Understanding NHL Prospect Rules is a Sport in Itself

At times, hockey can feel like a riddle wrapped up in an enigma – especially when it comes to understanding rules related to where a team’s prospects can play and why.

Generally speaking, football is the easiest of pro sports to understand when it comes to roster eligibility. Nearly all players come up through the college ranks and they stay there until they are drafted by NFL teams. After being selected and signed, they either make the Sunday starts or spend time on the practice squad. Major League Baseball is a little more complex, yet – again, generally speaking – still fairly easy to understand. Teams draft players from all over the world. After signing them, they come to spring training. Players either make their respective MLB team or they are assigned to one of three levels making up baseball’s minor league system – single-A, double-A, or triple-A.

Naturally, hockey has to make things much more complicated.

To keep things simple, let’s stay at a high-level. NHL teams draft players from all over the world. Then, several factors help determine where that prospect can play the following season.

The easiest prospects are the ones that come in the fewest numbers. Guys at the top of the NHL Draft (i.e. Jack Hughes and Kaapo Kakko this past season) will usually sign an Entry Level Contract and go straight to the NHL a few months later.

First round picks who don’t make the NHL right away are usually headed back to their junior teams (for those unfamiliar, ‘junior’ teams commonly refer to the three leagues making up the Canadian Hockey League aka CHL – consisting of the WHL, OHL, and QMJHL… there are other lower-tier junior leagues, but we’ll skip over that for now). One of the most common questions asked is, ‘Why don’t they send X to the AHL?’ And the answer has to do with an age rule. Players drafted out of the Canadian junior leagues are not AHL eligible until after they’re 20 years old. So, for the most part, they need to be on an NHL roster or sent back to their junior club.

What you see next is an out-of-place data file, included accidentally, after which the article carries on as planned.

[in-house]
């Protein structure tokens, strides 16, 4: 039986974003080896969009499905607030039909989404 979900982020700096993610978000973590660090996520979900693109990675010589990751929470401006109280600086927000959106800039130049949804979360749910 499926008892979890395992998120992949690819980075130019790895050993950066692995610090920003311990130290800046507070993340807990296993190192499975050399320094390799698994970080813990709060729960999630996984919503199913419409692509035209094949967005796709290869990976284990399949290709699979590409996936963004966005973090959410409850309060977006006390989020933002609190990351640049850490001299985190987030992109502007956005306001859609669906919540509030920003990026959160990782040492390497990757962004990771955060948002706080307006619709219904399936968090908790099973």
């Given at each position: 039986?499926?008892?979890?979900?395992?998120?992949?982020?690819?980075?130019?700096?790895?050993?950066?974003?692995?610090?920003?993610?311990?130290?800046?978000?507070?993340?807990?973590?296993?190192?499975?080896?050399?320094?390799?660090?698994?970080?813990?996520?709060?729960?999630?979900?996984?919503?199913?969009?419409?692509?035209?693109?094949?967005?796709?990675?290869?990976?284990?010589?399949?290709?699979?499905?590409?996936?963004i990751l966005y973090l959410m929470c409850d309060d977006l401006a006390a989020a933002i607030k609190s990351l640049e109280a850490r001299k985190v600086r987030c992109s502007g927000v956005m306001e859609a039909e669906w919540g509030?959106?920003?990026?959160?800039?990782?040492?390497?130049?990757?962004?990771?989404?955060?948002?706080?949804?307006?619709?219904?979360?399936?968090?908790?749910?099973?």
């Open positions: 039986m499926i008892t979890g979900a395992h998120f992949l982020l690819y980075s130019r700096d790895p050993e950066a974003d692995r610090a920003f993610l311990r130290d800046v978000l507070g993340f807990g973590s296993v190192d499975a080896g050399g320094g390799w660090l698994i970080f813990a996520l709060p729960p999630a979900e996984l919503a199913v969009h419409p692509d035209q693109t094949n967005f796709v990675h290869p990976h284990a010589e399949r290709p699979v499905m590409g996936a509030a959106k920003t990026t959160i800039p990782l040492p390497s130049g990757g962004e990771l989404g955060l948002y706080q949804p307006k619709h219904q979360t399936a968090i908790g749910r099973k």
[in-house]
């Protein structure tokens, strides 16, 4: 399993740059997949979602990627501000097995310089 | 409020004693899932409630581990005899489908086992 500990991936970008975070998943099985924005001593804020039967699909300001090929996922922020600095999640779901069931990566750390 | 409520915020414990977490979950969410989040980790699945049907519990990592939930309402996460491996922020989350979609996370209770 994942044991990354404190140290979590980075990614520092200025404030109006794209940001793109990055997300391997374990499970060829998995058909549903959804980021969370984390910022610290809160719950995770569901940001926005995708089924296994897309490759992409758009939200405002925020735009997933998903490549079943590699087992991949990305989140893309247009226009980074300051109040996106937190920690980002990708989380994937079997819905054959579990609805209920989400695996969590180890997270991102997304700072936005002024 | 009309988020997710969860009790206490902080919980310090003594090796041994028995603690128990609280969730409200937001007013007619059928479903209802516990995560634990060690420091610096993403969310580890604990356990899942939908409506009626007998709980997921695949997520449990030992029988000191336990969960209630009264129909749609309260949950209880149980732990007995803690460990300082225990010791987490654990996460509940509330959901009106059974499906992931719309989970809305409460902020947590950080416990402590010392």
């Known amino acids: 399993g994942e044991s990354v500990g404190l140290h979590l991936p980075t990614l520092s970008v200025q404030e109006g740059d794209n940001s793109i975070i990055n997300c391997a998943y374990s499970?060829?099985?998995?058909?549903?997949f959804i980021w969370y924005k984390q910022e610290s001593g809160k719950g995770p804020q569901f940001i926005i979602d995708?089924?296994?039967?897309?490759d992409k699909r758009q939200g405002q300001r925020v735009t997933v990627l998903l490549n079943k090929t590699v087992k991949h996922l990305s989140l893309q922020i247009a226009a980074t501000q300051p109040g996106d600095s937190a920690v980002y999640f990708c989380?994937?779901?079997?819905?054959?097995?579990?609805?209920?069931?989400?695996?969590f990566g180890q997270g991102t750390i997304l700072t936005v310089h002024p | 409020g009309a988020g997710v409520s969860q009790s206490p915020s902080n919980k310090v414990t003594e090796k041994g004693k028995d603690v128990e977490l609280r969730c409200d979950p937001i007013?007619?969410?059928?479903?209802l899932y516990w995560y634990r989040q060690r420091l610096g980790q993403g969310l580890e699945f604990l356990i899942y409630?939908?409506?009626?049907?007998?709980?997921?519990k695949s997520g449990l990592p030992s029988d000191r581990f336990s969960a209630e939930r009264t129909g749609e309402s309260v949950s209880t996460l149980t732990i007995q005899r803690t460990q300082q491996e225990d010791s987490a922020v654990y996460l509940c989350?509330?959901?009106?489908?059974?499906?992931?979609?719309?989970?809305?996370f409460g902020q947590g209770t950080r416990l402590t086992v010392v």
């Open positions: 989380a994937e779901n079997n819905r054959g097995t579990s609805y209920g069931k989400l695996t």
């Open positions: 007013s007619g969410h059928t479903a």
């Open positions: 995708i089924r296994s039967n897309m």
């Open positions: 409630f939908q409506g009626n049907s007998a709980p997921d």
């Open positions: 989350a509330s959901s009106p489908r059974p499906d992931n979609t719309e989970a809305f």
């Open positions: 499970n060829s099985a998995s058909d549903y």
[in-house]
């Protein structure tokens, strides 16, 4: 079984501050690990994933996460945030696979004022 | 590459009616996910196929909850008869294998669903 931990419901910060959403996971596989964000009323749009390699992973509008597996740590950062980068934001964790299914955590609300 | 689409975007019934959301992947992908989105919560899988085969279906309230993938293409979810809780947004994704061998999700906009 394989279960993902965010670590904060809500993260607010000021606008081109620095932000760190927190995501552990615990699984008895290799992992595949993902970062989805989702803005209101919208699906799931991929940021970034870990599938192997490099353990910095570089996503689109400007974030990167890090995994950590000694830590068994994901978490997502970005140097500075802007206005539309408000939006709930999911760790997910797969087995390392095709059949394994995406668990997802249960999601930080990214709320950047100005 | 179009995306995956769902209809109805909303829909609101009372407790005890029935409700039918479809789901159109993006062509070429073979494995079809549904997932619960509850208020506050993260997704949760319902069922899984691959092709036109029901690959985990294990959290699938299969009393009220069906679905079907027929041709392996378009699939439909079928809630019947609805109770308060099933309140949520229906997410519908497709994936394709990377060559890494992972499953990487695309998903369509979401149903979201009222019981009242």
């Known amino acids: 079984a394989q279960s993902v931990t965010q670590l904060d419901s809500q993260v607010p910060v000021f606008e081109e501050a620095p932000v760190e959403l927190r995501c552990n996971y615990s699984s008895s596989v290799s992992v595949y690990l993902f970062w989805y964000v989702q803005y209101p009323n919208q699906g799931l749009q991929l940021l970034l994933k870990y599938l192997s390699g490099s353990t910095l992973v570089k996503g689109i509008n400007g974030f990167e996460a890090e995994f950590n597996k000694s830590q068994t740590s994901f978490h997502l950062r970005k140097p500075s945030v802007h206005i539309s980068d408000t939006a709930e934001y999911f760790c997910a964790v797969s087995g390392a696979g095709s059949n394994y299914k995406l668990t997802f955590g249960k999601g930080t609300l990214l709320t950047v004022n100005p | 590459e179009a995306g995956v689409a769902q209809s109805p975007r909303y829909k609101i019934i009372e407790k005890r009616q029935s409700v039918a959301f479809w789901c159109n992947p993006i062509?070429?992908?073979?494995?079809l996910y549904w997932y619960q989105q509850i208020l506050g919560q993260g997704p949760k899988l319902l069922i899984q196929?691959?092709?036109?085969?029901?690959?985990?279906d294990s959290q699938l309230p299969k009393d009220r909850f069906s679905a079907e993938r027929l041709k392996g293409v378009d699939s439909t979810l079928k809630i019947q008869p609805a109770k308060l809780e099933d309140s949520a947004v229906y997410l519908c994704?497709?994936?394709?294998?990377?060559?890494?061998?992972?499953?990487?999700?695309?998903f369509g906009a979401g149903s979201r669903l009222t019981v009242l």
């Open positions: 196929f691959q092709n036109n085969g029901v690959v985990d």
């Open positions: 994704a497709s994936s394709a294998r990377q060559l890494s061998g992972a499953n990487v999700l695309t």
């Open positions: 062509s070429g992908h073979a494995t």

Through the years, many in the hockey world have bemoaned this rule, as it sometimes requires players who are too good for junior hockey, but not quite mature enough for the NHL, to be sent back to their junior club. While that may be an issue, the rule was put in place to protect the Canadian junior leagues. Many moons ago, the NHL Entry Draft was for players ages 20 and up. When they dropped the age requirement from 20 to 18, allowing younger players to be drafted, the junior age rule was put in place so NHL clubs wouldn’t just select all the best junior players and send them to the AHL. In other words, this was done to ensure the Canadian junior leagues would be populated with high-end players who were close to being NHL-ready.

NOTE: There are all sorts of sub-rules that allow for certain exceptions. For example, Gabe Vilardi was allowed to do a conditioning assignment in the AHL last season when he actually should have been in the OHL. There is another exception that allows for under-20 year old players with four years of CHL experience to be play in the AHL. Don’t worry about these things for now. They aren’t very common, so let’s cover the more important stuff first.

If a player is drafted out of a European league, they may have multiple options. Some prospects may even have already signed multi-year contracts with their club overseas and they need to fulfill those before coming to North America. Others opt to sign a new deal overseas because they believe staying home (and possibly making more money) is better than coming over and starting out in the AHL. And other guys – like Kings goaltending prospect Lukas Parik – are selected by a Canadian junior team in the CHL Import Draft soon after the NHL Draft. For Parik, he could be playing in the Czech Republic this season, but he will play for WHL Spokane instead. The previously mentioned AHL age rule doesn’t apply to players drafted out of European leagues, which allows guys like Rasmus Kupari to join AHL Ontario this season, even though he only turned 19 years old a few months ago.